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The distinction between a static compiler and an interpreter is one that can cause controversy. One programmer's compiler is another's interpreter and the whole subject gets very murky when you throw in the idea of the Virtual Machine and Just In Time compilation. So what is it all about?
If you want to start an argument between programmers or software engineers then just say “language X is implemented by an interpreter”.
If that doesn’t cause a heated exchange, then change “interpreter” to “compiler” in the same sentence. For while there are languages that are generally accepted as being one or the other, the situation is rarely clear cut.
Back in the early days of computing the distinction was much more important and the debate about compilers versus interpreters would rage in the pages of any magazine or journal and verbal wars were common. Today, with more powerful machines, the issue isn’t quite as important but it can still raise a good argument!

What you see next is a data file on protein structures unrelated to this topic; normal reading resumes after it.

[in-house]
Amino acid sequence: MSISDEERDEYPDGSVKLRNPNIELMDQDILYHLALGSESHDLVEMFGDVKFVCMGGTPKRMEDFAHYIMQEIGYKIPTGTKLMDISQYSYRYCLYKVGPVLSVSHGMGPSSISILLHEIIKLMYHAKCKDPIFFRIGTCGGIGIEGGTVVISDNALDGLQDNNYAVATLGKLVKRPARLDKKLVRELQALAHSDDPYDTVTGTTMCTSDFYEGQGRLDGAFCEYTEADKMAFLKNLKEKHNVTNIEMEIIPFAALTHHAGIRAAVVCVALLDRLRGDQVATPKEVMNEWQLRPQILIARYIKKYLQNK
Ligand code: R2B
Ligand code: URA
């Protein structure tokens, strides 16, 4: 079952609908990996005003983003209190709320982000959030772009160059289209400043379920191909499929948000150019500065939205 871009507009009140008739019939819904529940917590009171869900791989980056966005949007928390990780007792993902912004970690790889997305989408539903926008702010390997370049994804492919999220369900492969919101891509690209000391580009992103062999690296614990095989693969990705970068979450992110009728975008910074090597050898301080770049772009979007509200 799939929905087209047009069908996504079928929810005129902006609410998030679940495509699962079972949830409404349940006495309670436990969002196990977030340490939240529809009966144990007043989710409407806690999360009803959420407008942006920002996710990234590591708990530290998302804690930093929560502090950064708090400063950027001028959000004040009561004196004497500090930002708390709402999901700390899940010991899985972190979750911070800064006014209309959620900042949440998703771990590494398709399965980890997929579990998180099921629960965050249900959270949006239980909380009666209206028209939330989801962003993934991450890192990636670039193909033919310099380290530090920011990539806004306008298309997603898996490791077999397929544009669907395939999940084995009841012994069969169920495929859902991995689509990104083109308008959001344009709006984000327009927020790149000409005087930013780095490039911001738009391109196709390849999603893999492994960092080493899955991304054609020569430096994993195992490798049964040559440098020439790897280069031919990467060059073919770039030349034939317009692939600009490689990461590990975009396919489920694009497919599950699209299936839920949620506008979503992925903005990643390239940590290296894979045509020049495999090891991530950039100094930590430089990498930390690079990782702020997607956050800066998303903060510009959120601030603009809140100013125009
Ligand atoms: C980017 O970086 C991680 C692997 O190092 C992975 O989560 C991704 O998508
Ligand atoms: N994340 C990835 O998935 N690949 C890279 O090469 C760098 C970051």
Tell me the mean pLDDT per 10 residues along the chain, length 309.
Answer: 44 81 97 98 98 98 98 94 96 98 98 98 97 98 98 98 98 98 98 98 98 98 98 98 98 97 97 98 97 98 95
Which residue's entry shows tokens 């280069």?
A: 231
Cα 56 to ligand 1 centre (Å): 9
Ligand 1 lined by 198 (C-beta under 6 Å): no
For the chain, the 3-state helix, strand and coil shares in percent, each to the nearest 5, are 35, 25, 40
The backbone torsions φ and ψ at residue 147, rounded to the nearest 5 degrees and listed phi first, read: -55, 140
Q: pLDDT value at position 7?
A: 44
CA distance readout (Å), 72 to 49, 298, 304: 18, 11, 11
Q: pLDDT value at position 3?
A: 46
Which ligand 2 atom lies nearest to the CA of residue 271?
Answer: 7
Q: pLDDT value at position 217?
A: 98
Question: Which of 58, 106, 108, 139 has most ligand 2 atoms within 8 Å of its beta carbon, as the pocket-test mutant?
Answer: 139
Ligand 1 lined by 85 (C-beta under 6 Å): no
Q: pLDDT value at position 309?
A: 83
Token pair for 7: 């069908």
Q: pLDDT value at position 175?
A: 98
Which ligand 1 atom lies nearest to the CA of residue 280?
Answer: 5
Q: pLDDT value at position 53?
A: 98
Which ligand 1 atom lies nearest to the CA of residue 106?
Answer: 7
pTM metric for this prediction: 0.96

It can also be the deeper cause of a language war. For example, C++ v C# isn't just about which language is better it is also about the way that the languages are generally implemented. C++ is usually compiled to machine code where C# is usually compiled to an intermediate code and then interpreted or JITed. But this is getting ahead of our selves.
As well as being controversial it is also still at the leading edge of development although now we tend to talk more about “virtual machines” and “Just In Time Compilers” than straightforward interpreters and compilers and this makes everything dissolve into shades of grey.
In other articles we have looked at the progression from machine code to assembler and on to high-level languages. An inherent assumption in this discussion is that the language would always be translated, or compiled, to machine code before it was expected to do anything much - but this isn’t the only possible approach.
The run time
The idea of an interpreter as opposed to a compiler evolved slowly and it isn’t very easy to say exactly where the idea came from.
In the early days assemblers and compilers would translate every last instruction of a high-level language program into machine code and the resulting machine code was then taken and run on a "real" machine. When you think about it what other way could you get a program written in say, Fortran, to run on hardware that knew nothing of Fortran and only understood machine code?